Publication of the 2021 Annual report

The CNPD presented its annual report with the key figures for the year 2021 at a press conference in Esch/Belval today.

First decisions by the CNPD on the outcome of investigations

In 2021, the CNPD issued its first decisions following investigations initiated since the entry into force of the GDPR (General Data Protection Regulation). In total, no less than 49 cases had been closed. 37 investigations resulted in corrective measures (e.g. issue warnings or reprimands, bring into compliance, impose a temporary or definitive limitation including a ban on processing, etc.), including 25 with fines.

In total, 48 decisions related to national cases, with an overall amount of 319,500 euros in administrative fines and one decision was taken within the European cooperation and consistency mechanism against Amazon Europe Core Sàrl, with an administrative fine of 746 million euros.

The majority of decisions (25 in total) were taken as part of the thematic campaign on the role of the Data Protection Officer. There were 20 decisions on video surveillance and geolocation. Finally, 4 decisions were on various topics, including one on the unlawful use of the JU-CHA database in the context of a procedure for the recruitment of a state employee in the judicial administration.

Covid-19 and data protection

As in 2020, the pandemic continued to have a significant impact on Luxembourg citizens. The CNPD was asked to provide citizens with answers about their rights in relation to the conditions under which their personal data, particularly data concerning health, may be used. In addition, the CNPD regularly updated its recommendations to help professionals in the pursuit of their activities and established a list of FAQs related to the use of the CovidCheck app. The CNPD, as in 2020, also continued to advise the Government on successive Covid-19 bills.

Key figures of 2021

  • 618 written requests for information (compared to 655 in 2020) —The three main categories were the COVID-19 pandemic (contact tracing, body temperature measurement, teleworking, homeschooling, etc.), monitoring at the workplace and the rights of data subjects (right of access, right of erasure, etc.).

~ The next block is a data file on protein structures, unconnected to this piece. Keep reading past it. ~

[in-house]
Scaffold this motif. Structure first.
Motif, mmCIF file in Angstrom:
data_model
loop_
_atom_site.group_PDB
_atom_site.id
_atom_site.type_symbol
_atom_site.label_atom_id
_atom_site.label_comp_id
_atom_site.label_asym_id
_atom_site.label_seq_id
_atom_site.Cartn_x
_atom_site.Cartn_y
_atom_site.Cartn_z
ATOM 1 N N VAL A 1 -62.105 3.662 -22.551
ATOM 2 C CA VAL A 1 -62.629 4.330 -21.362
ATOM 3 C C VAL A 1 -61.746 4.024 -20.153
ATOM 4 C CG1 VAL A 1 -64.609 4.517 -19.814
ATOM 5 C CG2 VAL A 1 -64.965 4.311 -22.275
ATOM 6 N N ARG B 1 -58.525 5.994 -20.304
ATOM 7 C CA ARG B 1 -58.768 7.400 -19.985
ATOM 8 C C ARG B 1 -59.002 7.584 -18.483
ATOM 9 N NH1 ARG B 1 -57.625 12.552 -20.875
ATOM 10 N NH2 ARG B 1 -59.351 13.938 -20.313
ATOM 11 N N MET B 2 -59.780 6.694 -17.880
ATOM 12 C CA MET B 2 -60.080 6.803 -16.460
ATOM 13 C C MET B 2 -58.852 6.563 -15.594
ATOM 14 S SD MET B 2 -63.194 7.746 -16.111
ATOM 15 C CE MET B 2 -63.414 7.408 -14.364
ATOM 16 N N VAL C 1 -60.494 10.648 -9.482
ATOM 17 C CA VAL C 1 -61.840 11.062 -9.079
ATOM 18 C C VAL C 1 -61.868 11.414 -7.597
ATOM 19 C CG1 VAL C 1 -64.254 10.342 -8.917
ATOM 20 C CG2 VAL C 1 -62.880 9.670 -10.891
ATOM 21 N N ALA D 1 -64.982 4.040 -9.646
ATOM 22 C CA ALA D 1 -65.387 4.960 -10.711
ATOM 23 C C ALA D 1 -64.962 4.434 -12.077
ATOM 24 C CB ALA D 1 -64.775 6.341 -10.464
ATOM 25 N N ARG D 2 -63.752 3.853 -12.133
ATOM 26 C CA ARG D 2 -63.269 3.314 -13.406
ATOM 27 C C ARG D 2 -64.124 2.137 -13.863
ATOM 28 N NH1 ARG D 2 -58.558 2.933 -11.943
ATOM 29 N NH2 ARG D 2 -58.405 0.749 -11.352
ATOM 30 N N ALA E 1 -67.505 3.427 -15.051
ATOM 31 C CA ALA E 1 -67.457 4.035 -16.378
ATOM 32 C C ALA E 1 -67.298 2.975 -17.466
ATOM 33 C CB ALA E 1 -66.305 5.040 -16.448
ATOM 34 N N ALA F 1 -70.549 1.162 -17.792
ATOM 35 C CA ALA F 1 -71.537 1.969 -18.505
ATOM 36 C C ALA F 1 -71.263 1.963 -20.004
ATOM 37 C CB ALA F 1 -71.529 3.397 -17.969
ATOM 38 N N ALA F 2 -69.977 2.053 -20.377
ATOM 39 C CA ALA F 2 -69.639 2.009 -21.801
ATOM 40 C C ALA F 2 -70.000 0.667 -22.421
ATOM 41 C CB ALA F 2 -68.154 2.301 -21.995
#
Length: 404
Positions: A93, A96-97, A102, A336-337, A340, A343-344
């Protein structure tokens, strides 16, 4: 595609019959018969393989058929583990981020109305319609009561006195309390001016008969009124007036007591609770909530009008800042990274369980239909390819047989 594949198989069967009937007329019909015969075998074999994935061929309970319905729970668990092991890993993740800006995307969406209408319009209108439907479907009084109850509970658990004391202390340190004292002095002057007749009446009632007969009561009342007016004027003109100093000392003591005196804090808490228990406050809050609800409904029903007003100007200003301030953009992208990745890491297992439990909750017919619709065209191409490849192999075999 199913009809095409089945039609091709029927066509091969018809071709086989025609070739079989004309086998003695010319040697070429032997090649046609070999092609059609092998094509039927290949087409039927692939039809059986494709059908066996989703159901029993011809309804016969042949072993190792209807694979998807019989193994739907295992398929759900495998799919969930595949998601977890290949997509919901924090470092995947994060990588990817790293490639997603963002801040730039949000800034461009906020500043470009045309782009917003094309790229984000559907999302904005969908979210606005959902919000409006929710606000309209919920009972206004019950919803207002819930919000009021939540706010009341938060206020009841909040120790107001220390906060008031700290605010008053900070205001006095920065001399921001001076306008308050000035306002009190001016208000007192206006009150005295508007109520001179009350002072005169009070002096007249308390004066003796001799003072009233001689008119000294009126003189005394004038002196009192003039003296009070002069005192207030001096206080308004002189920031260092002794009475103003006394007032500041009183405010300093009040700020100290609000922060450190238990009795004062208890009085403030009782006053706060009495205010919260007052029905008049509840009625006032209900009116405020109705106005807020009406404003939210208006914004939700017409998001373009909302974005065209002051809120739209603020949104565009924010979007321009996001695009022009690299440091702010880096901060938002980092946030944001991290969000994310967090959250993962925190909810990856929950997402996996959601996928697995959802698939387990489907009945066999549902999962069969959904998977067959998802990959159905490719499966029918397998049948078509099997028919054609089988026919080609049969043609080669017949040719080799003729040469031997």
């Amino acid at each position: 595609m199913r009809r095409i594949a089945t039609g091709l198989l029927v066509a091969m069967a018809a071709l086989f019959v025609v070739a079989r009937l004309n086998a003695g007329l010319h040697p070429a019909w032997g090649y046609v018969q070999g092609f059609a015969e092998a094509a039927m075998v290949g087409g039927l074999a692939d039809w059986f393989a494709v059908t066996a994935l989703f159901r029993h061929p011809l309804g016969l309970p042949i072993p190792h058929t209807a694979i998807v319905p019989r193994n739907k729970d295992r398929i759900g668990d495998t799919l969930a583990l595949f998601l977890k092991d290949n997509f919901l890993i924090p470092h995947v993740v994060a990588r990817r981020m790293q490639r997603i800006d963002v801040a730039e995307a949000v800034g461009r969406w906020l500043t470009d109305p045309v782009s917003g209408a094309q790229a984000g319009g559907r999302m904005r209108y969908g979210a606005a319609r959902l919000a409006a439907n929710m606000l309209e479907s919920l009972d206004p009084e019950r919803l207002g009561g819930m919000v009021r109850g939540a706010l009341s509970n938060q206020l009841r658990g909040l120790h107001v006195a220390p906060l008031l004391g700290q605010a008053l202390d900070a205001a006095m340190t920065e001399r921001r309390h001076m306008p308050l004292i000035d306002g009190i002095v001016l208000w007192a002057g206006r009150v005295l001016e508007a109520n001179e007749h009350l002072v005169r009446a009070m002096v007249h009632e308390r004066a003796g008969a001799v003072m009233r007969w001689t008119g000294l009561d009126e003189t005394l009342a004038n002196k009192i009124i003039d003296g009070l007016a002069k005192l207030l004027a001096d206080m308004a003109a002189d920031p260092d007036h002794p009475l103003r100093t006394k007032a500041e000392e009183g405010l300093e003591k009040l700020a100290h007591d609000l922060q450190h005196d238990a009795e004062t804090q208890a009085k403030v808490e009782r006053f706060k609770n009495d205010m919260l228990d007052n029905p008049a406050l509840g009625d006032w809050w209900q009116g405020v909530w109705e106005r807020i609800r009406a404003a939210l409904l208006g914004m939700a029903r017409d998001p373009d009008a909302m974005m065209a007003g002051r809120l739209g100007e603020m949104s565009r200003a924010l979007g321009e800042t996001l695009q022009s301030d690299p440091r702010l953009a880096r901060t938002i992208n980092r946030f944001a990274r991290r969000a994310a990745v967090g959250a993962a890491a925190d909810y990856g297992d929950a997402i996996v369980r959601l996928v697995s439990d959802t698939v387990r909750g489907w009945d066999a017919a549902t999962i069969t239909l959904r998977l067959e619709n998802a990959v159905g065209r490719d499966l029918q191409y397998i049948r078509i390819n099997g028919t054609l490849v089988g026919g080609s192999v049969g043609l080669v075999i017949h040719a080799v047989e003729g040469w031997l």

• 33 opinions on draft laws or regulations (compared to 24 in 2020) — In addition to those relating to the fight against Covid-19, the opinions focused on video surveillance of public spaces for public safety purposes (VISUPOL), open data and re-use of public sector information, the control of the acquisition and possession of weapons, the European electronic communications code and the Central Database of the Police.
  • 512 complaints from individuals who considered that the law had not been respected or that their rights had been violated (compared to 485 in 2020) —Over one quarter (26%) of the complaints were based on non-compliance with the right of access by controllers, 24% were requests for erasure or rectification of data and 14% were related to the lawfulness of the processing.
  • 333 data breaches notified to the CNPD (compared to 379 in 2020) —The CNPD receives approximately 29 notifications of data breaches per month. The main cause remains human error in 62 % of cases. More than half of the incidents are detected within 5 days of their occurrence.
  • 18 on-site investigations (compared to 8 in 2020) — The CNPD carried out on-site investigations mainly on video surveillance.
  • 6 investigations as part of an audit on transparency — The CNPD continued its investigations as part of its thematic campaign “transparency in the online services sector” which was launched in 2020 among 6 companies in this area.

Future prospects

The rapid emergence and development of new technologies such as artificial intelligence, machine learning, smart sensors and blockchain is a major regulatory challenge.

The CNPD, like its European counterparts in the European Data Protection Board (EDPB), monitors new and emerging technologies, as well as their potential impact on fundamental rights and citizens’ daily lives. The EDPB has already developed or is preparing guidance on the use of biometric data, the use of facial recognition, blockchain and other technologies as part of its biannual work programme.

Another major challenge arises from new European initiatives such as the Data Governance Act, the Digital Services Act, the Data Act, the Digital Markets Act or the Artificial Intelligence Act. The challenge is to integrate these new initiatives into existing national legislation while maintaining the same level of protection of personal data.

It will be necessary to ensure a coherent implementation of these texts and a good coordination between the national authorities to be designated by the EU Member States at both European and national level.

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